Quote:
lidnariq wrote:
I remember an alternative implementation for when wardriving was still a thing that got a lease in a couple tens of milliseconds.
Do you mean historically, or more recently?
Very historically. WEP era stuff.

Quote:
maybe in the TCP layer (which might be a bit messy, stumbling over its on feet, or, being originally code for NDS, it might just fail to request enough packets per second).
TCP flows are "supposed" to automatically scale to the available bandwidth, by keeping more packets in flight without acknowledgment at the same time.


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PostPosted: Sun Jan 13, 2019 8:02 pm 
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Do you remember the name of that historical approach, or how it worked, and if it would still work today?

Hmmm, or was it an actual alternate connection protocol at all? Maybe it was just brute-forcing free IP addresses instead of asking for a free IP address. If DHCP is really as slow as it seems to be, then brute-forcing might be actually faster. Alike this: Hello, I'm 192.168.1.5, do you like me? No? Ah, wait, I am 192.168.1.7 and I am 196.168.1.13, do you like one of us?

The TCP code was written by Stephen Stair, and Stephen mentioned that the code isn't optimal and that he would do things differently todays, and yes, he mentioned that TCP is supposed to have many packets in the air, too. To some level, the code is working quite well, but I am not too familar with what it's doing exactly, and if there are any parts causing slowdowns.

Maybe there's some array size limiting the maximum number of TCP packets, or it's requesting only a certain amount of new packets per vblank. I have already tried to change some of those parameters, without success - but I guess I should try again, maybe it's working better in combination with the newer faster DMAs and with code executed in fast VRAM.

Stephen also suggested to drop TCP completely, and to use something like UDP instead. I am not sure if that would really help. I think he had mostly suggested it for reducing ARM9 cpu load, which might be a non-issue when clocking the ARM9 at 134MHz - which, I should make sure that I am really using that clock speed.


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PostPosted: Sun Jan 13, 2019 8:08 pm 
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Several random things I'm going to state because I literally cannot figure out what this subject is even about. :-)

1. DHCP is a UDP-only protocol. TCP is not involved,

2. If you're having very slow DHCP negotiation:
2a. In my experience, it's not usually layer 0 or layer 1 (read: Ethernet vs. WiFi) issues, but rather DHCP client vs. server "quirks" that aren't immediately obvious or known to the user,
2b. Every DHCP server is different -- Busybox dhcpd vs. ISC dhcpd vs. Windows DHCP server vs. whatever else. They all behave differently. How to diagnose it requires packet captures being done on both the client *and* server for DHCP traffic (tcpdump/pcap filter: udp and (port 67 or port 68)), and start actually looking at where the delays happen. You might find that it happens only during a certain DHCP phase. For example: DHCPDISCOVER (client to broadcast) and DHCPOFFER (server to client) and DHCPREQUEST (client to server) happen very quickly, but the servers' final DHCPACK takes 4-5 full seconds. In this situation you need to examine the DHCPREQUEST payload to see what DHCP options are being sent to the server, and you need to enable DHCP debugging logs in the DHCP server to see what it might be doing,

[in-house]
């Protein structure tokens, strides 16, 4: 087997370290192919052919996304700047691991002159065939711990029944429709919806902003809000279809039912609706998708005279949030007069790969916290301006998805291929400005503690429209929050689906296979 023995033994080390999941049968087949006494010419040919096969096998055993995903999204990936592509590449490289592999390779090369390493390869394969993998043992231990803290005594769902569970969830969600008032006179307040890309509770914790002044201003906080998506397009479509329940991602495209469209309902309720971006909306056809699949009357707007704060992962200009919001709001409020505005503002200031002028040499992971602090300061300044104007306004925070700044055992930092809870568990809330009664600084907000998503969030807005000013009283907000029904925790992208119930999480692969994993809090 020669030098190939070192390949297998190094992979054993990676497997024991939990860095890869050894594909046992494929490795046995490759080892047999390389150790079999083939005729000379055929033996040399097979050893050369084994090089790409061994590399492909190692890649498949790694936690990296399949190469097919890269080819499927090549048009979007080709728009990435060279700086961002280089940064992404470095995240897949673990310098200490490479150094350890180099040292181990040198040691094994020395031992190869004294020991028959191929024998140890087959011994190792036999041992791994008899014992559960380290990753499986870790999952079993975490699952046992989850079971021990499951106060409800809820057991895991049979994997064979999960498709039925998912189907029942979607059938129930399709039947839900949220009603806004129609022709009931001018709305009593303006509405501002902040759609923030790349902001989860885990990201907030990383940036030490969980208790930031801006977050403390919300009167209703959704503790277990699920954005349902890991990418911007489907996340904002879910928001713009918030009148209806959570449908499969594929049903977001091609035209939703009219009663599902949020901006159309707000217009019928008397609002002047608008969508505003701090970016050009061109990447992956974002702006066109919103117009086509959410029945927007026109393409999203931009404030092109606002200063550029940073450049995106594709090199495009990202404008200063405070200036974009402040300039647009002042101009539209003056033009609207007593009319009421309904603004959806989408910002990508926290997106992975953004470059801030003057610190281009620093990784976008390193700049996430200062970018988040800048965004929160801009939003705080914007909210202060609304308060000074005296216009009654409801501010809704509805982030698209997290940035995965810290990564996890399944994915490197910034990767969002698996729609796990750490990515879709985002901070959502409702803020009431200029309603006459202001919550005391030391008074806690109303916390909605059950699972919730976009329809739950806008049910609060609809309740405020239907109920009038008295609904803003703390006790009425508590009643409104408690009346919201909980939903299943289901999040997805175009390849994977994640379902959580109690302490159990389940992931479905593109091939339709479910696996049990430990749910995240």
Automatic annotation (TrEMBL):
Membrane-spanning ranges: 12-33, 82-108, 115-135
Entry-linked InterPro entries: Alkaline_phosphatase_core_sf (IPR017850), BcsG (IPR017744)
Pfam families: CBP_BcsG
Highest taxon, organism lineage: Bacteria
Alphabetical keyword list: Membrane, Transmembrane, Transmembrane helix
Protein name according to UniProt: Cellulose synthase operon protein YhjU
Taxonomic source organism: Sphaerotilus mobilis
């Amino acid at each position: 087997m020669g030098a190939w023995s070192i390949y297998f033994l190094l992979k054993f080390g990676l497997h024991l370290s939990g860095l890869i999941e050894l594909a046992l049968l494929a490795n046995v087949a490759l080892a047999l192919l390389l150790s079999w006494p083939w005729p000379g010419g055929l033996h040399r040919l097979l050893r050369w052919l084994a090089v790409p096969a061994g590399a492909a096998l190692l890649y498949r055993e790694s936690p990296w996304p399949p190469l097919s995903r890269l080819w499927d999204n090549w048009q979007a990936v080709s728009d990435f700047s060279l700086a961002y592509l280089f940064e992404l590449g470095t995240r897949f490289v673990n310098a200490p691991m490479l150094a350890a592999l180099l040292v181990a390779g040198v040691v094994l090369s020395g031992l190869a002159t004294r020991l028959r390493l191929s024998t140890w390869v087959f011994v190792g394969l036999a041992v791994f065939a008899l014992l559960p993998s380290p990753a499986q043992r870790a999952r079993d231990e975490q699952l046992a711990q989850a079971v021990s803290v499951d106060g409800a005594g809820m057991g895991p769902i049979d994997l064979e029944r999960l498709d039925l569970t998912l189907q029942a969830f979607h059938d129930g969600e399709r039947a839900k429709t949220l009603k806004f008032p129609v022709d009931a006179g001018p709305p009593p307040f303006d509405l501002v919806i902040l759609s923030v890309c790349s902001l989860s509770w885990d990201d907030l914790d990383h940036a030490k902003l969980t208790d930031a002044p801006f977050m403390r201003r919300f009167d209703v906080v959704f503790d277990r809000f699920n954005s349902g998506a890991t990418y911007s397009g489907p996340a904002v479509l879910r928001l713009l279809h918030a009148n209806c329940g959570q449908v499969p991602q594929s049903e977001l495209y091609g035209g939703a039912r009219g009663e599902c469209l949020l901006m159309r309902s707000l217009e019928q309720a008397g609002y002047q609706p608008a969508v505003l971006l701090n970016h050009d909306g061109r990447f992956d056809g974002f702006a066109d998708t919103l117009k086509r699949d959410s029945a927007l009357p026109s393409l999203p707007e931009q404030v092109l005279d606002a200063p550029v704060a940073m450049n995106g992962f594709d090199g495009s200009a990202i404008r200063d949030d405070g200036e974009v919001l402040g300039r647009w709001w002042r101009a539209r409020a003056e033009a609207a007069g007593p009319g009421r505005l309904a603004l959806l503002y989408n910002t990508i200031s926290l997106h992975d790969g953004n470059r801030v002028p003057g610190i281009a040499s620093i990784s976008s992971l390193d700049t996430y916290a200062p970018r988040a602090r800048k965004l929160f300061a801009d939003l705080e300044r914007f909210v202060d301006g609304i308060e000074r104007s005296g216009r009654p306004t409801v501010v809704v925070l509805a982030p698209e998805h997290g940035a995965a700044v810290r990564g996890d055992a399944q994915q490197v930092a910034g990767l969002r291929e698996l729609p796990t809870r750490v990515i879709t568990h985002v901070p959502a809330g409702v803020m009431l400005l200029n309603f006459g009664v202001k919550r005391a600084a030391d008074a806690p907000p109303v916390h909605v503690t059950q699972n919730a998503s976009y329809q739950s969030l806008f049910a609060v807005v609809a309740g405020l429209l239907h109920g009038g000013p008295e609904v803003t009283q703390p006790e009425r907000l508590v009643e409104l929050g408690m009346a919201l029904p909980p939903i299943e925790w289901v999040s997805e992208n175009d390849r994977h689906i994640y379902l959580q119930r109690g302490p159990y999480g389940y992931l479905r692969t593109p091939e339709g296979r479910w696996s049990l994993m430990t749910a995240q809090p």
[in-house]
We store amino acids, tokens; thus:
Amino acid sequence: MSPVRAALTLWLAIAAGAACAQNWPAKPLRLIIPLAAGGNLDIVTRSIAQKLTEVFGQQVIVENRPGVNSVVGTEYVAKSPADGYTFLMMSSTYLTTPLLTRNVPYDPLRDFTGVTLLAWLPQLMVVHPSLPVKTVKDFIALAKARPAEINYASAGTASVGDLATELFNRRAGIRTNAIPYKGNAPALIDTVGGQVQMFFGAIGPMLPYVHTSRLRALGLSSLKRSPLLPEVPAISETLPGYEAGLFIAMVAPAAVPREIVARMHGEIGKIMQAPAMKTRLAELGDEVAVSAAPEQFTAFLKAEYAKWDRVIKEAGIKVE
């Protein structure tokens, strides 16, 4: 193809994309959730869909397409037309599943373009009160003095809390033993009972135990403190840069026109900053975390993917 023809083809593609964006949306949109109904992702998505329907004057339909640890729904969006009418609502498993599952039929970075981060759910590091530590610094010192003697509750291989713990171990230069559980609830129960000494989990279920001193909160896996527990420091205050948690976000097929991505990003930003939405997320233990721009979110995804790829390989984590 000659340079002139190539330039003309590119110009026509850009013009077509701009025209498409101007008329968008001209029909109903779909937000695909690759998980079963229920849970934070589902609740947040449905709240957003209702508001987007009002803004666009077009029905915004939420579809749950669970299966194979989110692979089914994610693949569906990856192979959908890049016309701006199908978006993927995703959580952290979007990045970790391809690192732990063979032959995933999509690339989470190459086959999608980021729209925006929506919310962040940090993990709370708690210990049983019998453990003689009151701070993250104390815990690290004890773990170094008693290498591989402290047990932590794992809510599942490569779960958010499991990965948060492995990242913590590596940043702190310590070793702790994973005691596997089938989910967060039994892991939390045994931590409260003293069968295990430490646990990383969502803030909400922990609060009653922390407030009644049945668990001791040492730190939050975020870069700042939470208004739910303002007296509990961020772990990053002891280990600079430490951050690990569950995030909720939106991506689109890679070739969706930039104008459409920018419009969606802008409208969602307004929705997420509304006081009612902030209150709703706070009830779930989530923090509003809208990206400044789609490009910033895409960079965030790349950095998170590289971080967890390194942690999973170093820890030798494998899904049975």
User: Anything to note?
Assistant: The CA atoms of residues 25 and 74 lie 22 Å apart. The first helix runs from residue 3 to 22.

3c. A common one I've seen a DHCP client including its requested hostname, and the DHCP server attempting to do DNS resolution of the hostname in question, where DNS is misconfigured on the actual AP (e.g. the long delay is caused by a DNS timeout),
3d. *Another* one I've seen is the client sending NetBIOS hostname information that the DHCP server tried to handle (pass through to a NetBIOS server which didn't exist; disabling that support entirely server-side worked great),
3e. **Another** one I've seen is DHCP clients using weird/wonky DHCP options that the server rejects, resulting in DHCPNAK and the client delaying, then sending another DHCPREQUEST with different options that work quickly (I talk about a different form of this beow),
3f. ***Another*** case I've seen is IP pool exhaustion, or "IP conflict". The latter is not "IP collision" -- I'm talking about where a DHCP client previously had an IP address of, say, 192.168.1.200, knowing this, and during its next subsequent DHCPREQUEST tells the DHCP server "I'd like IP address 192.168.1.200", but that address is allocated to another/different machine. The DHCP server responds with DHCPNAK, which causes the client to have to "forget" that it's 192.168.1.200 and resubmit the DHCPREQUEST without the DHCP option requesting said IP. If the DHCP client is "stupid" and hangs on to its previous IP excessively (e.g. lots of retries to DHCPNAK) due to a crummy DHCP implementation in the client, there would be delays,
3g. ****ANOTHER**** case I've seen are people running multiple DHCP servers on the same physical network. This is a big no-no, but this problem isn't specific to "just wireless". The problem is that of timing -- the client sends the initial DHCPDISCOVER to 0.0.0.0 UDP port 67, which with multiple DHCP servers on the same network would result in both servers seeing the request and responding to it with a DHCPOFFER. Which one the client sees _first_ is entirely chance (based on timing). While the MAC address of the DHCP server is certainly part of the layer 2 header, and all subsequent DHCP communication is done directly with the DHCP server the client saw "first", it's possible that the client might have to reissue DHCPDISCOVER at some point (you'd need to know how its DHCP client behaves; for example, standby/sleep mode might reissue DHCPDISCOVER if it has literally no idea what its IP address is); a good way to relieve the latter problem is to literally power the device off (and hope it doesn't save the previous client IP it was given in, say, NVRAM or something persistent),